by: Angela Nacpil
May is probably one of the most beautiful months in the Philippines. It is when Flores de Mayo (Flowers of May) is celebrated by many Filipino communities from Luzon to Mindanao. Flores de Mayo, not to be confused with Santacruzan, is a celebration in honor of the Blessed Virgin Mary.
To commemorate the life of the Blessed Virgin, devotional prayers are offered in Catholic churches all over the country. Children and young adults march down the aisle of the chapel carrying cut flowers and petals in native woven baskets toward the altar as a form of offering to the birth giver of Jesus Christ. Novena prayers are recited prior to the offering of flowers and hymns and praises to the Blessed Virgin are sung throughout the procession. The novena prayers last for nine days.
Flores de Mayo is considered as the Queen of all Filipino festivities. Santacruzan, a traditional biblical reenactment of the search for the holy cross of Christ, serves as the culmination. It is held on the last day of the novena prayers.
According to the legend, 300 years after the death of Christ, a 75-year old Queen Helena of Constantinople set forth to find the Redeemer's cross in Jerusalem. After some diggings at the site of Crucifixion, three crosses were found. To find out which one is the real cross, Queen Helena asked one of her ill servants to lie down on each cross. They solved the mystery when the servant was miraculously healed after touching one of the three crosses they found, which they believed is the same cross where Jesus died.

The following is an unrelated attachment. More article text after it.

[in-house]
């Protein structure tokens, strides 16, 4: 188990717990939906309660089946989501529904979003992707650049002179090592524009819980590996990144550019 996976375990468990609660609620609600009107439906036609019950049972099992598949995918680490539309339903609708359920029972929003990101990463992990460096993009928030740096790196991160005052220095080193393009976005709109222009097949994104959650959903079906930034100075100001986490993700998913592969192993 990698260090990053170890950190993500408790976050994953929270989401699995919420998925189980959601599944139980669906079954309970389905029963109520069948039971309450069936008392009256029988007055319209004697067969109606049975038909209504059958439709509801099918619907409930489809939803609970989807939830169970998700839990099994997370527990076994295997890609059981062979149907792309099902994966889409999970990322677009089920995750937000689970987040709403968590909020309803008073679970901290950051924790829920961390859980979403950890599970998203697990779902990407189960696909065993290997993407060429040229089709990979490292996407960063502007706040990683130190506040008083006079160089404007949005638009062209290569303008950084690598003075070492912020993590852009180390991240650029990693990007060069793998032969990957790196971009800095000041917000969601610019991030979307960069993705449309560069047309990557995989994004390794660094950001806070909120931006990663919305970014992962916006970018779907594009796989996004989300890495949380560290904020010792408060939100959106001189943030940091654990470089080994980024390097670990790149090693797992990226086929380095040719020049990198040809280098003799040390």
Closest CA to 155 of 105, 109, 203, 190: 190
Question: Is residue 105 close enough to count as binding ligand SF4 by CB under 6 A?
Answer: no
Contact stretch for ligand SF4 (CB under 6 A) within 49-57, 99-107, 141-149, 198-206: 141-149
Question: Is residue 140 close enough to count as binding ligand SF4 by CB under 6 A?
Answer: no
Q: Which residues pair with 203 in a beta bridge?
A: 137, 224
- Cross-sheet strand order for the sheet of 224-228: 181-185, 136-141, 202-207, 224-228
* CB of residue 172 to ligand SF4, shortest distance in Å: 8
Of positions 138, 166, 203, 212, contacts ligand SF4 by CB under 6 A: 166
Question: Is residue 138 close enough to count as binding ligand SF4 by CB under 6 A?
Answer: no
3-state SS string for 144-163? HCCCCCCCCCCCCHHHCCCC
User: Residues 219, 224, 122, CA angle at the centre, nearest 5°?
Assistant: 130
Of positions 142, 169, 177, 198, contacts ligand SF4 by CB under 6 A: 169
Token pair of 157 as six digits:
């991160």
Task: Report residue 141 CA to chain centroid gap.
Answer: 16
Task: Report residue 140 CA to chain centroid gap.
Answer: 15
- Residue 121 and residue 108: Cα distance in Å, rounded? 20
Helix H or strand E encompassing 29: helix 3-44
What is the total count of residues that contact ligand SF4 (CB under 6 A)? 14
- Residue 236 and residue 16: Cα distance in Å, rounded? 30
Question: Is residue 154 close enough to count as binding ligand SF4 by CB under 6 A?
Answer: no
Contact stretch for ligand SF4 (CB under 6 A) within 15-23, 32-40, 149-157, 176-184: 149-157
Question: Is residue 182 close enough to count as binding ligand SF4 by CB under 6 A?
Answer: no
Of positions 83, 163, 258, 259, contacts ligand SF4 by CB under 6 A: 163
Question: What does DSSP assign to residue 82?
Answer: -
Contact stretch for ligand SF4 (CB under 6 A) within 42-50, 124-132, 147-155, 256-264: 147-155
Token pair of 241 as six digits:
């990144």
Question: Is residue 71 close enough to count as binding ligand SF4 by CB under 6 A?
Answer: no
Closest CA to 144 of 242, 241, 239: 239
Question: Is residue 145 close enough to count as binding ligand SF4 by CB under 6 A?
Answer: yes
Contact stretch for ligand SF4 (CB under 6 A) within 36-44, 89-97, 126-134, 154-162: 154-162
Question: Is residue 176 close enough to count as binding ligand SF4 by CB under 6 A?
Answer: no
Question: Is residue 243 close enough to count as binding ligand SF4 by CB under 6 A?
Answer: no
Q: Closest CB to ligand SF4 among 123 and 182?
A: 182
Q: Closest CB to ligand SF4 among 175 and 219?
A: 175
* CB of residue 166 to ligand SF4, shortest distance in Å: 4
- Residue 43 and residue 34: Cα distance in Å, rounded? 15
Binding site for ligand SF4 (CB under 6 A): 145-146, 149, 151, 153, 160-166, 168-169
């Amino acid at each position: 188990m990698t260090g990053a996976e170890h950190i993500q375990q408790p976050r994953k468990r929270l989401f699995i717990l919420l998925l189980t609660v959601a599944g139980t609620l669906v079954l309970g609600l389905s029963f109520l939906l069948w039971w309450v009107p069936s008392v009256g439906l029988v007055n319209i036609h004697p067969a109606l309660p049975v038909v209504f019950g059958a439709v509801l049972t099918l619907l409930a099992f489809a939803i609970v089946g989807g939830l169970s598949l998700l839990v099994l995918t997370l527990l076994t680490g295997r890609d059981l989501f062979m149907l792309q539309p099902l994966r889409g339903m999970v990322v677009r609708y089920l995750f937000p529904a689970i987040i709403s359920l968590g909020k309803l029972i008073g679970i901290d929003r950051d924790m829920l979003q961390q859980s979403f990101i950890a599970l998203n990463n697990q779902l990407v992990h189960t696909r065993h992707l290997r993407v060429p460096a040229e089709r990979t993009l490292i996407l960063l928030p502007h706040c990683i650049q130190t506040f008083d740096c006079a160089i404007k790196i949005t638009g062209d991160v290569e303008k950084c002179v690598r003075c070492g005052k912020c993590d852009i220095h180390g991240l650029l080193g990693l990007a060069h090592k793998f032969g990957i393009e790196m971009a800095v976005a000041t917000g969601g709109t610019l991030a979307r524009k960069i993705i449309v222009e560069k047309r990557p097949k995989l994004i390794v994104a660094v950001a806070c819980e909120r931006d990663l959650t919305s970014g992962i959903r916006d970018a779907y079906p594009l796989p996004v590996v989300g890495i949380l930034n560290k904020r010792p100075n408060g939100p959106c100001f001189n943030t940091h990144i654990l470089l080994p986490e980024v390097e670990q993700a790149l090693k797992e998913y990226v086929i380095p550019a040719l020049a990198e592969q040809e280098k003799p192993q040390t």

In honor of St. Helena, today, Santacruzan is known for its grandiose, glamour and opulence. Beautiful ladies in embellished gowns and ornate floats are joined by their consorts in a procession that is meant to commemorate the search and discovery of the Holy Cross. Biblical personifications are represented in the procession, including the most coveted Reyna Elena (Queen Helena) who carries a crucifix in her arms and escorted by a younger boy who represents her son Constantine.
Santacruzan (also called 'Sagala') is the highlight of Flores de Mayo. Although the procession is slowly becoming more like pageant, many Filipinos are striving to maintain the sacredness of the procession by following the traditions of their predecessors.
Despite the regalia and fineries, the Blessed Virgin Mary will forever remain the true Queen as her image always occupies the final spot surrounded by a choir singing "Dios Te Salve" (Hail Mary) until the end of the procession.
Religious in nature, Filipino immigrants in the United States and Europe maintained the tradition. This shows how deeply rooted Filipinos are to their native culture.